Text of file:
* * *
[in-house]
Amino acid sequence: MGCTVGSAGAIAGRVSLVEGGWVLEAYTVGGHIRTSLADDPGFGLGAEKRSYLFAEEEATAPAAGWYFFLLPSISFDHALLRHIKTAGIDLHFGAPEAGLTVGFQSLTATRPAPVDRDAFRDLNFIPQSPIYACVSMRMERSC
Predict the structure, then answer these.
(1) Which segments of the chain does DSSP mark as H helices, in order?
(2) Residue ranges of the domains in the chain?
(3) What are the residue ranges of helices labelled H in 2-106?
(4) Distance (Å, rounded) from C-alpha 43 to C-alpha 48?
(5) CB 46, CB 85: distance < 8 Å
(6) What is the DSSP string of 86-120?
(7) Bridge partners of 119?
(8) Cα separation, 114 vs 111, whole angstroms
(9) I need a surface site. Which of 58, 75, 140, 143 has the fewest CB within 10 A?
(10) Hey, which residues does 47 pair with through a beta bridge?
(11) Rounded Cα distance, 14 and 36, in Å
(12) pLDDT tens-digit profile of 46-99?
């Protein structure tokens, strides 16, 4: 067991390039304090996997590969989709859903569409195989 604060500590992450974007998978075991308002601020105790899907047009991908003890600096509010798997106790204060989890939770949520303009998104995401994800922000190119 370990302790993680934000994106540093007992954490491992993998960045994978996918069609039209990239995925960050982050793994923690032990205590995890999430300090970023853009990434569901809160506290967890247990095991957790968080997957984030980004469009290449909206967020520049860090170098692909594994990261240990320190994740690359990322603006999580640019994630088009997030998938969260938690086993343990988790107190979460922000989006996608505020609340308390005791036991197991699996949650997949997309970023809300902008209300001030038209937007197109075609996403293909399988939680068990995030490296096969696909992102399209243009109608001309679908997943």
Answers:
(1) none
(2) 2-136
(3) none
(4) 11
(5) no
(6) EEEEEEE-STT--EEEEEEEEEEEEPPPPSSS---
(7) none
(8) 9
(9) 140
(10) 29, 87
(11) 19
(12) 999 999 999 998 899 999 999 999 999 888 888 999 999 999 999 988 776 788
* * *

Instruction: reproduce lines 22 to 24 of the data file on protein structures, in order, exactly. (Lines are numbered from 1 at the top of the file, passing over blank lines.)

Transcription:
(5) no
(6) EEEEEEE-STT--EEEEEEEEEEEEPPPPSSS---
(7) none